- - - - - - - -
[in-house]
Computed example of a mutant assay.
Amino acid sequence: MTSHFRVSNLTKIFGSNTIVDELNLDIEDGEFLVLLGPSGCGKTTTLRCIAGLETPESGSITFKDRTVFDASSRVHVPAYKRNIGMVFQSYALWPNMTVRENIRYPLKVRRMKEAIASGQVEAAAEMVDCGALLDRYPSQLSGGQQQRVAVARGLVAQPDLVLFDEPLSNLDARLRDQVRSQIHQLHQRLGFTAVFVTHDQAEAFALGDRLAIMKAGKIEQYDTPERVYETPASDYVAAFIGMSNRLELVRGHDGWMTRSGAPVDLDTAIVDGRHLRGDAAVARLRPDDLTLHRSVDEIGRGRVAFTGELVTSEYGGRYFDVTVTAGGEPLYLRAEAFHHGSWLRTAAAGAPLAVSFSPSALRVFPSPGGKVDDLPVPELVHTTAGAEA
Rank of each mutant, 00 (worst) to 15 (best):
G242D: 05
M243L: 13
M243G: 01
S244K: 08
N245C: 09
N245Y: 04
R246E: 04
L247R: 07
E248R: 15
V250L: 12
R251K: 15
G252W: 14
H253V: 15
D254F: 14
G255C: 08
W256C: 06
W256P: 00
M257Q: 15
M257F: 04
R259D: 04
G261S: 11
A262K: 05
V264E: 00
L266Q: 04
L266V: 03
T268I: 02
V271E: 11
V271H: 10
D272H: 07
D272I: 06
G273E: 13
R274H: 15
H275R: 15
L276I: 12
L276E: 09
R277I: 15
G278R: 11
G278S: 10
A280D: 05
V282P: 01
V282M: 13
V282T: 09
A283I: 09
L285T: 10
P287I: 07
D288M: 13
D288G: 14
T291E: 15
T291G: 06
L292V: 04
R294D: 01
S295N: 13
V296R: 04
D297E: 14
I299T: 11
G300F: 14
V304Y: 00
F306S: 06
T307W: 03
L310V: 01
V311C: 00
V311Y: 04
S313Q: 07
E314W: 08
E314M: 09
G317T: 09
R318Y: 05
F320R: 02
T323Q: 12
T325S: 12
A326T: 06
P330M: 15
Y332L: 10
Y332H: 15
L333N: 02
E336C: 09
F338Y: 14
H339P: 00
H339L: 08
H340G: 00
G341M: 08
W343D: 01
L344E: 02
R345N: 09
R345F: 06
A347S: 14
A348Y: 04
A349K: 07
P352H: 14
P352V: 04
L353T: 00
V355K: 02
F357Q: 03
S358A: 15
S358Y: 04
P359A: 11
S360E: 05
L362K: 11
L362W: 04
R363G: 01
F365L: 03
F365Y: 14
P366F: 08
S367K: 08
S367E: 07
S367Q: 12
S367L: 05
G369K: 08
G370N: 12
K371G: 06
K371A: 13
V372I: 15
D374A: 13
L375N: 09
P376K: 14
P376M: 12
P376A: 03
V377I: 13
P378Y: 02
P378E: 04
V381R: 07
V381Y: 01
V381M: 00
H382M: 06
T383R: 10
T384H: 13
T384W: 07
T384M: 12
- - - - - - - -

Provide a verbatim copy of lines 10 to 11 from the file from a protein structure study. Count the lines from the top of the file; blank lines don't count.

N245Y: 04
R246E: 04